When we came across freelance videographer Ryan Snaadt’s Instagram feed we couldn’t help but notice his passion. At age 24, he’s already achieved great success as a freelance marketer and videographer. By incorporating his business Snaadt Media Group, LLC last year and legitimizing his practice, Ryan saw it grow 4x! (If you haven’t set up your business yet, here’s a great place to start). Now Ryan is very active in the freelance community. He speaks at events and runs a Facebook group for freelance videographers (join it!). He has even launched an online course to teach other freelancers and started a YouTube channel with a growing following. Ryan’s ambition inspires us – check out his tips to success below!
Let’s make sure you pat your own back… What’s your biggest strength as a solopreneur?
I feel that leaning into what you are good at is key. My strengths are marketing, platform strategy, and interpersonal communications. Not all videographers have a strong ability to speak, understand, communicate, and put talent at ease effectively. So really focusing most of my attention on those actives that produce a result and hiring out/automating the rest.
What’s the best business or money advice you ever got as a freelance videographer?
Just start. There is a notion that you have to be ‘ready’ and the truth is you never will be. Start early and fail often. That is the best way to become better and learn on the fly. The best learners are the best earners.
Also, live by abundance, not competition. Basically, quit thinking that other videographers or creatives in your area are competition. In my industry specifically, I work closely with other videographers, refer them gigs I can’t shoot, and help them get better. This is a newer approach than the past, but it is very helpful to avoid burning bridges and grow a tribe of friends that support what you do.
Now for a moment of realness, what are you struggling with right now in your business?
Over the last year, I have taken my knowledge and bundled it into an online course teaching other videographers how to grow their freelance business called Solo Video Pro. Since it was my first time doing this, I quickly realized that I didn’t understand how to run and market an online product business very well. So at the moment, I have been working through checking my ego and re-structuring the course, getting more feedback from students and making it the best product I possibly can that really helps people succeed.
Taking stock of a weak area and being very real with yourself is key to getting better.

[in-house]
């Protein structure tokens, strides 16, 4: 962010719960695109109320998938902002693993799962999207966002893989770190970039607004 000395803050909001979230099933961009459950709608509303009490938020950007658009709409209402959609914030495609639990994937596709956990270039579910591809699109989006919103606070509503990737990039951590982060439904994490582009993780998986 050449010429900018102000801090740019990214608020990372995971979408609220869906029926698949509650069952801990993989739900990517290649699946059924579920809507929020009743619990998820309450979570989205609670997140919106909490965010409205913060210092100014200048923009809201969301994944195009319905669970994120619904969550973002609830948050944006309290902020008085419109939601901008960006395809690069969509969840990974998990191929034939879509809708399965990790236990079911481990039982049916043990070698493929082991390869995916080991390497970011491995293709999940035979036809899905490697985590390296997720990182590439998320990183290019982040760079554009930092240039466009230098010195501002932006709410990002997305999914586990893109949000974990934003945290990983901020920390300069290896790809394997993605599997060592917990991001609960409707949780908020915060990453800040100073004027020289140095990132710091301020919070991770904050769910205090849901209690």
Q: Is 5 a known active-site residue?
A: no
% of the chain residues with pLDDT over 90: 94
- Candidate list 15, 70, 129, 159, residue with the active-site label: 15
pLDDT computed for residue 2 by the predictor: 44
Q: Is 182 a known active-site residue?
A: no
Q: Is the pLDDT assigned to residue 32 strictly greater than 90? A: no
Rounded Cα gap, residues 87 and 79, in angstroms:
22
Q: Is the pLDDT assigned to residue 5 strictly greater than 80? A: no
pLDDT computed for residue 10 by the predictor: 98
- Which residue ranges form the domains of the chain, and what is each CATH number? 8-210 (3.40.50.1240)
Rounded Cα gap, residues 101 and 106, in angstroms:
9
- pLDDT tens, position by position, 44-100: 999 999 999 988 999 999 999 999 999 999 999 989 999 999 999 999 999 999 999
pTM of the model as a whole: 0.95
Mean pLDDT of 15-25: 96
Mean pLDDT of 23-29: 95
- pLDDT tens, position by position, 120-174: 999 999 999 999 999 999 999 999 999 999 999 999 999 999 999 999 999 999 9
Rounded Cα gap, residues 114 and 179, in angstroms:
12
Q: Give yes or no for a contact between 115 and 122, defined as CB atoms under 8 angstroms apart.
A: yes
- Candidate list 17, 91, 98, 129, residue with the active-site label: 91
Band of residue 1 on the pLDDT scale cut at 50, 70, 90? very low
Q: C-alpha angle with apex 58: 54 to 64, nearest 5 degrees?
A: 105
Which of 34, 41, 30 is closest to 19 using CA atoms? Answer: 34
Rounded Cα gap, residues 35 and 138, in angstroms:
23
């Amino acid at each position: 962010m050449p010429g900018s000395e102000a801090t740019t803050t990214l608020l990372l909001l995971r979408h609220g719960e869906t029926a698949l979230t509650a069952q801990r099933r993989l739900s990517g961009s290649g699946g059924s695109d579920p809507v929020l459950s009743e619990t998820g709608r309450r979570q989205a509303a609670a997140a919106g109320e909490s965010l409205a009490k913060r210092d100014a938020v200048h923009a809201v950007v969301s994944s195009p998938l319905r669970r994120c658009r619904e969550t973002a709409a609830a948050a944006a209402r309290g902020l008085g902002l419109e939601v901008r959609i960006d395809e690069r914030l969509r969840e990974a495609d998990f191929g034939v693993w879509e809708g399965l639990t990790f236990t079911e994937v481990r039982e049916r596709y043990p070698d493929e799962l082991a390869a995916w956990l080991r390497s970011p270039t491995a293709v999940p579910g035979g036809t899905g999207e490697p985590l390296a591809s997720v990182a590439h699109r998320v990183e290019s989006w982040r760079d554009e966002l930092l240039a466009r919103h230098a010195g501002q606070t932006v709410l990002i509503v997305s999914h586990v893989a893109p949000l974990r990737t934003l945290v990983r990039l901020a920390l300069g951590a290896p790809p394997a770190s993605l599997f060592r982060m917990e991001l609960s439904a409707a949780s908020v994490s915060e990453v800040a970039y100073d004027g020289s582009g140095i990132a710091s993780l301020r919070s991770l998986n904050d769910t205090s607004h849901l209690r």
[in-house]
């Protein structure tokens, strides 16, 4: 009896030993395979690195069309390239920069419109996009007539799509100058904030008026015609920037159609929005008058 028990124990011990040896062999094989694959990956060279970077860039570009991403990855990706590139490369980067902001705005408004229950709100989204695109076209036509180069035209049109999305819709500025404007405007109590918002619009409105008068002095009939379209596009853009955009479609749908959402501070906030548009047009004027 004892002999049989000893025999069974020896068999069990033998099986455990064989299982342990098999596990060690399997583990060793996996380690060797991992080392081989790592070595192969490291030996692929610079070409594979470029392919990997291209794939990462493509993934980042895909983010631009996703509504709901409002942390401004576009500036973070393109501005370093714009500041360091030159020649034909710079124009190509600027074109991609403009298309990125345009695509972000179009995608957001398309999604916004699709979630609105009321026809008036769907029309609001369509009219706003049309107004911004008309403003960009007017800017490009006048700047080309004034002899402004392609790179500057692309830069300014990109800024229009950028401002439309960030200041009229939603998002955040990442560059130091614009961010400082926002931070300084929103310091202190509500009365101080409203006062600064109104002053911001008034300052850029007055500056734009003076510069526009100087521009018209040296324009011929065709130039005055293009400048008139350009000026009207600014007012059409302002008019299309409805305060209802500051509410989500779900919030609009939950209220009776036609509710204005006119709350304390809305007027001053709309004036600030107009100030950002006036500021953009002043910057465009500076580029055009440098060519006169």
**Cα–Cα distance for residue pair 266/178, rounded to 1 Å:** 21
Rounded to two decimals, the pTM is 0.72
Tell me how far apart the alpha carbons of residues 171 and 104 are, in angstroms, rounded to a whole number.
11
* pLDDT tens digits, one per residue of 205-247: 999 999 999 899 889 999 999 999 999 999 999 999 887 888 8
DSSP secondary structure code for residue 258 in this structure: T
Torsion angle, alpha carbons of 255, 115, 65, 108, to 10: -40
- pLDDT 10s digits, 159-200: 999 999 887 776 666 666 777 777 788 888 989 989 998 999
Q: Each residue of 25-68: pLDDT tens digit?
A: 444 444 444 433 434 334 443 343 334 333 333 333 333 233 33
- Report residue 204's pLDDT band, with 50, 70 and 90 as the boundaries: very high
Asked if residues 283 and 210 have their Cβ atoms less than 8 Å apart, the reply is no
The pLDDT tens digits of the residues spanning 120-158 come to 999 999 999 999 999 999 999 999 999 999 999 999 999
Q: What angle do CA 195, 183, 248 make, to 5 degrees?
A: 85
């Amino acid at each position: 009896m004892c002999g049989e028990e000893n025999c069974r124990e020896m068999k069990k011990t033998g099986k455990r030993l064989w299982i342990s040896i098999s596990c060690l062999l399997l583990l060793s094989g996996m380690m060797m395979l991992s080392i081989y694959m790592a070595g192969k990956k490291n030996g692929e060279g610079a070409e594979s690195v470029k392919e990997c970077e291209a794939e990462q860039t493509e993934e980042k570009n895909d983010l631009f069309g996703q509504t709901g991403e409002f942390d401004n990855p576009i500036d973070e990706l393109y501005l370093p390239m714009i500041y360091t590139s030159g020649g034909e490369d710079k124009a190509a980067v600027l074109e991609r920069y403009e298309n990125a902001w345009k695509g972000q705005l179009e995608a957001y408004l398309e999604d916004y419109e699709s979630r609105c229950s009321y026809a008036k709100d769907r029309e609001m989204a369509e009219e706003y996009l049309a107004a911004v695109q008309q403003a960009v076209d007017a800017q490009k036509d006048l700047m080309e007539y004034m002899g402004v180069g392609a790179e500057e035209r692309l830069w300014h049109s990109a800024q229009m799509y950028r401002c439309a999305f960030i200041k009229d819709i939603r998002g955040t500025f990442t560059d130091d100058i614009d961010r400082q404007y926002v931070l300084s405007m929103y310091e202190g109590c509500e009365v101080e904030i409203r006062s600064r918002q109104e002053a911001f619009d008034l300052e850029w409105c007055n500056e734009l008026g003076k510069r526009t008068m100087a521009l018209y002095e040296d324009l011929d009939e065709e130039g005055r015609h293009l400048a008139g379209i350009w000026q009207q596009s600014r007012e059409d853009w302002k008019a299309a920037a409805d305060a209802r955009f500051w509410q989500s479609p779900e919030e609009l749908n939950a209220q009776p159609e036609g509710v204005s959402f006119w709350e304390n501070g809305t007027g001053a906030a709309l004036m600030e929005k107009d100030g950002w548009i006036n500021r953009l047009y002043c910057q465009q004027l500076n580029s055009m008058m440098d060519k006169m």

As a freelance videographer and marketing strategist in Des Moines, what challenges and advantages do you think are unique to your city?
Des Moines is an amazing place. I grew up in rural Iowa and DSM brings the best of the country and the city together. There are a diverse set of businesses here big and small that are just now realizing the value in video content. Insurance, agriculture, real estate, etc. are all great industries to leverage video to stand out.
Yes, there is less demand for video than larger cities, but there is not as much competition either. People are very relationship-driven here so if you do good work and deliver results, you retain them as clients long term.
I am a very goal-oriented person. I have a goal sheet next to my bed I look at twice a day to keep my priorities top of mind. I am realizing very quickly that the ‘hustle and grind’ are not sustainable in real life over a long period of time. If you can’t find a balance in your health, wealth, and relationships – things can get bad quickly.
We know the freelancer life is all about the hustle toward incredible goals. Where do you see yourself in 5 years? Financially, personally, and with your businesses?
Personally, I will be married next year and hope to have started a family and paid a considerable amount of my student loan debt off in the next 5 years. My marriage and my debt are my driving force for working as hard as I do.
My business goals in the next 5 years include doubling my freelance videography income, taking on a smaller amount of clients and getting them real results with video and the strategy of using ads over a longer period of time.
I aim to have 50 students a week joining Solo Video Pro, to eventually focus all of my freelance efforts on helping that community and pull back from the videography. I greatly enjoy helping other videographers get business savvy and reach new heights and want to spend more time diving into that.
Hitting these milestones would allow me to live a life of passion rather than profit.